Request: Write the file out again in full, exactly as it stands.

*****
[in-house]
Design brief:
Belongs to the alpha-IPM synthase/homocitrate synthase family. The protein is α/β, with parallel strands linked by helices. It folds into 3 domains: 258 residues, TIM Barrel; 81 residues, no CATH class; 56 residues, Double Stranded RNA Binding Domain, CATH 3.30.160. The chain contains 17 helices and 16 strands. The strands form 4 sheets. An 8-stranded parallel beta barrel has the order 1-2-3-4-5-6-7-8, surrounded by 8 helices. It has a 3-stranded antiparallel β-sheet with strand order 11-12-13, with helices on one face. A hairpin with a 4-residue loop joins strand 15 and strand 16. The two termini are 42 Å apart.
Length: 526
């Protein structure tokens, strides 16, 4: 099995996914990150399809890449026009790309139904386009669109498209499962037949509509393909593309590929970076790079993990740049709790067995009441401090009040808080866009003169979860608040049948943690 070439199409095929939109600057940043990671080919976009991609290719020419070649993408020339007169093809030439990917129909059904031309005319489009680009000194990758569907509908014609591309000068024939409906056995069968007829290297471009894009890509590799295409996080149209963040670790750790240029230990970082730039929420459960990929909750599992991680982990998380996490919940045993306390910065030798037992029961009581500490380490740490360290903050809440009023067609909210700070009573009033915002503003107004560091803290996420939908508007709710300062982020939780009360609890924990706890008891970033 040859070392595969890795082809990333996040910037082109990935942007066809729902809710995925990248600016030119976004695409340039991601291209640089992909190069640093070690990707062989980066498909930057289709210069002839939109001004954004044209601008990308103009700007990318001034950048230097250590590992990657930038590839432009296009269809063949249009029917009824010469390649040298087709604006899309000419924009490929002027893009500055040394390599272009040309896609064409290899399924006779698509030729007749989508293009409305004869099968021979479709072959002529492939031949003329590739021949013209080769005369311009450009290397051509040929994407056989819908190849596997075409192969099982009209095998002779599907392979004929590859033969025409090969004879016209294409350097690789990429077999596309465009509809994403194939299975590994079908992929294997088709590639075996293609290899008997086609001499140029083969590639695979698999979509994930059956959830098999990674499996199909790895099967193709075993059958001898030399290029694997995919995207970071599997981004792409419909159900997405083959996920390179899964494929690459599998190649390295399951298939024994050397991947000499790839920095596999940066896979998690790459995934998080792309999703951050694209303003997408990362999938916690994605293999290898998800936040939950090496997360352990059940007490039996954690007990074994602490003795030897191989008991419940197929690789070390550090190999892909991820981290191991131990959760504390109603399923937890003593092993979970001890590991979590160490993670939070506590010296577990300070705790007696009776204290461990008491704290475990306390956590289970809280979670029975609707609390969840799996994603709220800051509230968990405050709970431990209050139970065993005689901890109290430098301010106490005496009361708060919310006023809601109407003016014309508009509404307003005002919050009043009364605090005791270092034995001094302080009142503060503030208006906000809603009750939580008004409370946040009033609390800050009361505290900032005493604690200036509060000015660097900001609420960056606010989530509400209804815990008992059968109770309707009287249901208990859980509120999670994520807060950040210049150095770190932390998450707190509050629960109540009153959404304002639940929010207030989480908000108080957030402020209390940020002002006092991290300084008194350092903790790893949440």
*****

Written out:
[in-house]
Design brief:
Belongs to the alpha-IPM synthase/homocitrate synthase family. The protein is α/β, with parallel strands linked by helices. It folds into 3 domains: 258 residues, TIM Barrel; 81 residues, no CATH class; 56 residues, Double Stranded RNA Binding Domain, CATH 3.30.160. The chain contains 17 helices and 16 strands. The strands form 4 sheets. An 8-stranded parallel beta barrel has the order 1-2-3-4-5-6-7-8, surrounded by 8 helices. It has a 3-stranded antiparallel β-sheet with strand order 11-12-13, with helices on one face. A hairpin with a 4-residue loop joins strand 15 and strand 16. The two termini are 42 Å apart.
Length: 526
């Protein structure tokens, strides 16, 4: 099995996914990150399809890449026009790309139904386009669109498209499962037949509509393909593309590929970076790079993990740049709790067995009441401090009040808080866009003169979860608040049948943690 070439199409095929939109600057940043990671080919976009991609290719020419070649993408020339007169093809030439990917129909059904031309005319489009680009000194990758569907509908014609591309000068024939409906056995069968007829290297471009894009890509590799295409996080149209963040670790750790240029230990970082730039929420459960990929909750599992991680982990998380996490919940045993306390910065030798037992029961009581500490380490740490360290903050809440009023067609909210700070009573009033915002503003107004560091803290996420939908508007709710300062982020939780009360609890924990706890008891970033 040859070392595969890795082809990333996040910037082109990935942007066809729902809710995925990248600016030119976004695409340039991601291209640089992909190069640093070690990707062989980066498909930057289709210069002839939109001004954004044209601008990308103009700007990318001034950048230097250590590992990657930038590839432009296009269809063949249009029917009824010469390649040298087709604006899309000419924009490929002027893009500055040394390599272009040309896609064409290899399924006779698509030729007749989508293009409305004869099968021979479709072959002529492939031949003329590739021949013209080769005369311009450009290397051509040929994407056989819908190849596997075409192969099982009209095998002779599907392979004929590859033969025409090969004879016209294409350097690789990429077999596309465009509809994403194939299975590994079908992929294997088709590639075996293609290899008997086609001499140029083969590639695979698999979509994930059956959830098999990674499996199909790895099967193709075993059958001898030399290029694997995919995207970071599997981004792409419909159900997405083959996920390179899964494929690459599998190649390295399951298939024994050397991947000499790839920095596999940066896979998690790459995934998080792309999703951050694209303003997408990362999938916690994605293999290898998800936040939950090496997360352990059940007490039996954690007990074994602490003795030897191989008991419940197929690789070390550090190999892909991820981290191991131990959760504390109603399923937890003593092993979970001890590991979590160490993670939070506590010296577990300070705790007696009776204290461990008491704290475990306390956590289970809280979670029975609707609390969840799996994603709220800051509230968990405050709970431990209050139970065993005689901890109290430098301010106490005496009361708060919310006023809601109407003016014309508009509404307003005002919050009043009364605090005791270092034995001094302080009142503060503030208006906000809603009750939580008004409370946040009033609390800050009361505290900032005493604690200036509060000015660097900001609420960056606010989530509400209804815990008992059968109770309707009287249901208990859980509120999670994520807060950040210049150095770190932390998450707190509050629960109540009153959404304002639940929010207030989480908000108080957030402020209390940020002002006092991290300084008194350092903790790893949440």